Education regarding healthy eating, taking into account risk of atherosclerosis, osteoporosis, and obesity (particularly if pain and disability is limiting exercise). Discuss weight bearing activities; assess need for calcium and vitamin D supplementation or bishosphonates (see Chapter 12). Educate about the benefits of exercise for building muscle strength and stamina, protecting joints, and preventing mechanical pains secondary to muscle weakness

Good communication with schools and colleges with letters of support as needed. Poor concentration and fatigue is common in inflammatory conditions, making schooling challenging. Career advice may be necessary and practical support for job interviews, including training in disclosure

Need knowledge of medications and what to do if become unwell when away. Holiday insurance. Vaccinations. Spare supplies of medication in hand luggage. Informing airline of need to travel with needles. Need awareness that sun exposure may lead to a flare of dermatomyositis or lupus—stress need for sun block, hats and sleeves. Increased risk taking behavior when away with peers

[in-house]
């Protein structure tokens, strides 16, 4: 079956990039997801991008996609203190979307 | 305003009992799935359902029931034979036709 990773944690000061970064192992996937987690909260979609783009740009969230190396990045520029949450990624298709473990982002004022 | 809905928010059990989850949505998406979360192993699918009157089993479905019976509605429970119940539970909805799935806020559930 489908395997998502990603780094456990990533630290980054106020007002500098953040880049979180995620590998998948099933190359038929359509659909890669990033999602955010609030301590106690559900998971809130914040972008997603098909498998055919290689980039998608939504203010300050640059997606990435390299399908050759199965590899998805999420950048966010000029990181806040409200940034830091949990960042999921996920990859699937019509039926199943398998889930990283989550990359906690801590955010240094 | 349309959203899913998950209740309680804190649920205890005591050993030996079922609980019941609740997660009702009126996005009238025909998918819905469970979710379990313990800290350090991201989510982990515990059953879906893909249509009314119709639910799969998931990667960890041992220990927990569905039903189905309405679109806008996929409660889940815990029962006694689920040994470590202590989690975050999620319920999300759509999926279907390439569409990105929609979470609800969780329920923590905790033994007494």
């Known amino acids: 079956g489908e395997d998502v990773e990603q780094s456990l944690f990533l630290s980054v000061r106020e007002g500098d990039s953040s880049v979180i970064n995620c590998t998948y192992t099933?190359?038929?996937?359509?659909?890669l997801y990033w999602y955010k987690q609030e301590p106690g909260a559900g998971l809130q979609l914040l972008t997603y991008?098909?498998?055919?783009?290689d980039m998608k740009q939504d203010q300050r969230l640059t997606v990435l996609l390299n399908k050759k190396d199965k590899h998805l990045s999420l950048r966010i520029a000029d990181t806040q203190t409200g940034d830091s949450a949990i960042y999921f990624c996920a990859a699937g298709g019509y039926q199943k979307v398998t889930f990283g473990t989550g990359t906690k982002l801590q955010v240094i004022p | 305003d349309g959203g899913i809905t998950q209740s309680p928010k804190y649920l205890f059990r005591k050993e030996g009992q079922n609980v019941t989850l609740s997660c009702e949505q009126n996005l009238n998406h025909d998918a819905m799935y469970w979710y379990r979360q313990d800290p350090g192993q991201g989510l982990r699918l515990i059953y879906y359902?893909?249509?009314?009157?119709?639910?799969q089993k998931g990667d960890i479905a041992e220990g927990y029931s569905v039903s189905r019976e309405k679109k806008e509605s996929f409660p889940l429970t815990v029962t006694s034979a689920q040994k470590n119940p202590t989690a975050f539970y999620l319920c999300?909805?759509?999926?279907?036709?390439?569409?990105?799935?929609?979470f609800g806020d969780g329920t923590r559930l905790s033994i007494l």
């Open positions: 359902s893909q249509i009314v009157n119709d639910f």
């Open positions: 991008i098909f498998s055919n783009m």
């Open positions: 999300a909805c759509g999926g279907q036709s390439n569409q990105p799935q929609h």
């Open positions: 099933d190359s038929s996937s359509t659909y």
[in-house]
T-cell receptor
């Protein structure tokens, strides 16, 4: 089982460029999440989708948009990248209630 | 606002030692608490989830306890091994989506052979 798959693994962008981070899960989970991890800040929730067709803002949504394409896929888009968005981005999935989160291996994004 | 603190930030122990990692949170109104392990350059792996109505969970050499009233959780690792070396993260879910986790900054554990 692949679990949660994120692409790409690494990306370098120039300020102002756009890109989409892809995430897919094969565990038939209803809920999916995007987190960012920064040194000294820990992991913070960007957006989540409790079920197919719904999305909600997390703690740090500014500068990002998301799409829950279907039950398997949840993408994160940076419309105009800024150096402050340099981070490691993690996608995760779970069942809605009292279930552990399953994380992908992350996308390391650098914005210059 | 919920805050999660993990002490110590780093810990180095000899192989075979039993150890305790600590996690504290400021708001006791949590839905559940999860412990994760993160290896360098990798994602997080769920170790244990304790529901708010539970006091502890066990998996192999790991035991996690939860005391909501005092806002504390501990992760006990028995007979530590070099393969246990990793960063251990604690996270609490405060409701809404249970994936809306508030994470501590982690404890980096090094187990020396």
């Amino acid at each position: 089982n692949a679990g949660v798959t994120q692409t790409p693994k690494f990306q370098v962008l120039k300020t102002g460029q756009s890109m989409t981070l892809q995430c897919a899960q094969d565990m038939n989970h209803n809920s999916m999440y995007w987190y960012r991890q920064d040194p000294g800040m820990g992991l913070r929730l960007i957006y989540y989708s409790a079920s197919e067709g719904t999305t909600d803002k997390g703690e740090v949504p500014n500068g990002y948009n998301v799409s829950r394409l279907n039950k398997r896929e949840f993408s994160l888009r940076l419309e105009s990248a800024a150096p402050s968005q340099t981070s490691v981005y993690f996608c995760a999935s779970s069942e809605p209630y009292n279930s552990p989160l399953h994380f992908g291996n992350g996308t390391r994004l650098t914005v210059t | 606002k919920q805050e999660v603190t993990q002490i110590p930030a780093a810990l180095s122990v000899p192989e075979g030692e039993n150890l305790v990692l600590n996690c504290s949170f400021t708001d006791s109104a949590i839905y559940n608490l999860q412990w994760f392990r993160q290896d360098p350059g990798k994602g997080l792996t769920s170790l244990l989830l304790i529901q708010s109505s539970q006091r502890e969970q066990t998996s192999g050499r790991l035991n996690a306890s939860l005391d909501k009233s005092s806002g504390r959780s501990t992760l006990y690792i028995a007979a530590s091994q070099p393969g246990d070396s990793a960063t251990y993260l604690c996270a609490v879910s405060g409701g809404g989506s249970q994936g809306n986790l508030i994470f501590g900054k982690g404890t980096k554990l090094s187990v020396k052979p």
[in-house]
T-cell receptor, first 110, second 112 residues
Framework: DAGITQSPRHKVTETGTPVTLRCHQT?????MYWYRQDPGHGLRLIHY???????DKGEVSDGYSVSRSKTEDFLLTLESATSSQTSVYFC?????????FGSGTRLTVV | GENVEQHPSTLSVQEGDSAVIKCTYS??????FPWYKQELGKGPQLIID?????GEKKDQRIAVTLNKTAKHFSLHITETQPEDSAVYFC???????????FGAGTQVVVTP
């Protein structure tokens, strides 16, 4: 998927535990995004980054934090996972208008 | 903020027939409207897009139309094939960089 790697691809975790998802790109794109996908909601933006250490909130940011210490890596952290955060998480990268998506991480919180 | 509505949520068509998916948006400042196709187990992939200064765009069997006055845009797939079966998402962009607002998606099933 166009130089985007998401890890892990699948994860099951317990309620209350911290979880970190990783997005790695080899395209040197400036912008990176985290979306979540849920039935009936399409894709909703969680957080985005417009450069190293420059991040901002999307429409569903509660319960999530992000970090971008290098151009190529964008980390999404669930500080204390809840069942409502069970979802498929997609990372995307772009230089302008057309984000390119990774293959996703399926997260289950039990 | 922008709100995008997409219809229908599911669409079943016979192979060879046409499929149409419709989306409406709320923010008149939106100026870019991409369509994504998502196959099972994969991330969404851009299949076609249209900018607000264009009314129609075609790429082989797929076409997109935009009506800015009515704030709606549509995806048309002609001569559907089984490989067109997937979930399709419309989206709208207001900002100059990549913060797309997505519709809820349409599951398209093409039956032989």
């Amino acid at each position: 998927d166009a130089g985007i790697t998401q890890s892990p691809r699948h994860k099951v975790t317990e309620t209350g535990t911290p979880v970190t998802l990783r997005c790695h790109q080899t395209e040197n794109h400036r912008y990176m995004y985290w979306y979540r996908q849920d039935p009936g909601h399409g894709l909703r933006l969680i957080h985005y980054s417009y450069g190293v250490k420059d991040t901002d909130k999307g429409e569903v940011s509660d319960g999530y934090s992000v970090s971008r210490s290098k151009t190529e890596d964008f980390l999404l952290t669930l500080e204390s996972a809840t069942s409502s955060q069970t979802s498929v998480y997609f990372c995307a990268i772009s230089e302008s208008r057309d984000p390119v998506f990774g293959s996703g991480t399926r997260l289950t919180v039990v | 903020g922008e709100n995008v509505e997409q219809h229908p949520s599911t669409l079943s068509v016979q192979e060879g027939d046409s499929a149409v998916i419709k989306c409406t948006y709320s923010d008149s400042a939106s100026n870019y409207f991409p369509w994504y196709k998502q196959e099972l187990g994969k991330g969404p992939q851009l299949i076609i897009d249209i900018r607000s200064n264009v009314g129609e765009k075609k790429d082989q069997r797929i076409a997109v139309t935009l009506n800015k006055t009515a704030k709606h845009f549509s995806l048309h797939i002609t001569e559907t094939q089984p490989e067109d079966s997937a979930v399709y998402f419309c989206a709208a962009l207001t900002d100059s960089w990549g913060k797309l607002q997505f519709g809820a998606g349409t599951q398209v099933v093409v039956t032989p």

Signpost young person to peer support organizations or websites, for example, www.ablelink.org/

www.lehman.cuny.edu/faculty/jfleitas/bandaides/

index.html www.teenagehealthfreak.org www.doctissimo.fr www.ciao.ch www.teenhealthfx.com www.goaskalice.columbia.edu www.childrenfirst.nhs.uk

In order to maximize adherence to medical and physical treatments, a young person needs to be involved in shared decision making within a multi-disciplinary team.